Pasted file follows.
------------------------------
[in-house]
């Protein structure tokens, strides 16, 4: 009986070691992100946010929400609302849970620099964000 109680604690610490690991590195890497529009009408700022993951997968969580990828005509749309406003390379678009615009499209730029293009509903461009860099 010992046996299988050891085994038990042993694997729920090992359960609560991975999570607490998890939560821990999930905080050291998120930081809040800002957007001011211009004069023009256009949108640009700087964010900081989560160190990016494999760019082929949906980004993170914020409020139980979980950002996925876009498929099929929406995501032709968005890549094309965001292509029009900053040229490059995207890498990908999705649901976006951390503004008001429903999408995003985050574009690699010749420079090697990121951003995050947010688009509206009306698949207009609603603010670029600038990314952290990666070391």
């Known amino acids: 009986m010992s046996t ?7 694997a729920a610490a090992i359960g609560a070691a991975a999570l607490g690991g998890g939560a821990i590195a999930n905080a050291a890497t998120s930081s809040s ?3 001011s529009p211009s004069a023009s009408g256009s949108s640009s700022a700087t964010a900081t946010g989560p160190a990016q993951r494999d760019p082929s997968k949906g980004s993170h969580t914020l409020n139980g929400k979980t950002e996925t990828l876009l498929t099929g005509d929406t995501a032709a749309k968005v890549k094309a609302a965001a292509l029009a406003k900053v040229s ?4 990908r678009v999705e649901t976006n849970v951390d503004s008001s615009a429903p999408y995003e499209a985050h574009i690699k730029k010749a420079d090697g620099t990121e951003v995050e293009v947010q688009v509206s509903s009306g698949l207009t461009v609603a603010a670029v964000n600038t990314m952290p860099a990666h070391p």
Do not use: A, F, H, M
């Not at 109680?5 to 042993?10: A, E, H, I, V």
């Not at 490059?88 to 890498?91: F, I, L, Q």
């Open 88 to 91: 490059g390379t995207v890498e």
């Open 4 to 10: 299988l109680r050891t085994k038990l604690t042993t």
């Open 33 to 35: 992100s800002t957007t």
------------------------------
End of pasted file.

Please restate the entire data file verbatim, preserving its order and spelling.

[in-house]
């Protein structure tokens, strides 16, 4: 009986070691992100946010929400609302849970620099964000 109680604690610490690991590195890497529009009408700022993951997968969580990828005509749309406003390379678009615009499209730029293009509903461009860099 010992046996299988050891085994038990042993694997729920090992359960609560991975999570607490998890939560821990999930905080050291998120930081809040800002957007001011211009004069023009256009949108640009700087964010900081989560160190990016494999760019082929949906980004993170914020409020139980979980950002996925876009498929099929929406995501032709968005890549094309965001292509029009900053040229490059995207890498990908999705649901976006951390503004008001429903999408995003985050574009690699010749420079090697990121951003995050947010688009509206009306698949207009609603603010670029600038990314952290990666070391």
């Known amino acids: 009986m010992s046996t ?7 694997a729920a610490a090992i359960g609560a070691a991975a999570l607490g690991g998890g939560a821990i590195a999930n905080a050291a890497t998120s930081s809040s ?3 001011s529009p211009s004069a023009s009408g256009s949108s640009s700022a700087t964010a900081t946010g989560p160190a990016q993951r494999d760019p082929s997968k949906g980004s993170h969580t914020l409020n139980g929400k979980t950002e996925t990828l876009l498929t099929g005509d929406t995501a032709a749309k968005v890549k094309a609302a965001a292509l029009a406003k900053v040229s ?4 990908r678009v999705e649901t976006n849970v951390d503004s008001s615009a429903p999408y995003e499209a985050h574009i690699k730029k010749a420079d090697g620099t990121e951003v995050e293009v947010q688009v509206s509903s009306g698949l207009t461009v609603a603010a670029v964000n600038t990314m952290p860099a990666h070391p």
Do not use: A, F, H, M
């Not at 109680?5 to 042993?10: A, E, H, I, V």
């Not at 490059?88 to 890498?91: F, I, L, Q």
């Open 88 to 91: 490059g390379t995207v890498e």
């Open 4 to 10: 299988l109680r050891t085994k038990l604690t042993t």
């Open 33 to 35: 992100s800002t957007t």